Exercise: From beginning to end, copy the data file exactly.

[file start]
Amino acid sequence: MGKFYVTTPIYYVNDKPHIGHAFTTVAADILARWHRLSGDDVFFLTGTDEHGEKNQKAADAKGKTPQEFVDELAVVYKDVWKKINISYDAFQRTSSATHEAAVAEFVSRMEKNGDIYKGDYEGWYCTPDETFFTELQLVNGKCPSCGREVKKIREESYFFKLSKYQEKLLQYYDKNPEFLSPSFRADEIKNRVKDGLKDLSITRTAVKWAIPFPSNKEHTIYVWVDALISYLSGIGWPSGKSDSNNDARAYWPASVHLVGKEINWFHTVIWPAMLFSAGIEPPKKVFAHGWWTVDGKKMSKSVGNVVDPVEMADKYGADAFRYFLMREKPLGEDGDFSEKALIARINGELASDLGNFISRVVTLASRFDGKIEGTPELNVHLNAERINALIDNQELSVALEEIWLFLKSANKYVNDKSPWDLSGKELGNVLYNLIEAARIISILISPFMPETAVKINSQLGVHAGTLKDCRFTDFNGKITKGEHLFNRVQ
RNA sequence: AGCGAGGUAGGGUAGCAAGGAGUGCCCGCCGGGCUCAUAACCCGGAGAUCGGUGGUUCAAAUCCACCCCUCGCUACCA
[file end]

Amino acid sequence: MGKFYVTTPIYYVNDKPHIGHAFTTVAADILARWHRLSGDDVFFLTGTDEHGEKNQKAADAKGKTPQEFVDELAVVYKDVWKKINISYDAFQRTSSATHEAAVAEFVSRMEKNGDIYKGDYEGWYCTPDETFFTELQLVNGKCPSCGREVKKIREESYFFKLSKYQEKLLQYYDKNPEFLSPSFRADEIKNRVKDGLKDLSITRTAVKWAIPFPSNKEHTIYVWVDALISYLSGIGWPSGKSDSNNDARAYWPASVHLVGKEINWFHTVIWPAMLFSAGIEPPKKVFAHGWWTVDGKKMSKSVGNVVDPVEMADKYGADAFRYFLMREKPLGEDGDFSEKALIARINGELASDLGNFISRVVTLASRFDGKIEGTPELNVHLNAERINALIDNQELSVALEEIWLFLKSANKYVNDKSPWDLSGKELGNVLYNLIEAARIISILISPFMPETAVKINSQLGVHAGTLKDCRFTDFNGKITKGEHLFNRVQ
RNA sequence: AGCGAGGUAGGGUAGCAAGGAGUGCCCGCCGGGCUCAUAACCCGGAGAUCGGUGGUUCAAAUCCACCCCUCGCUACCA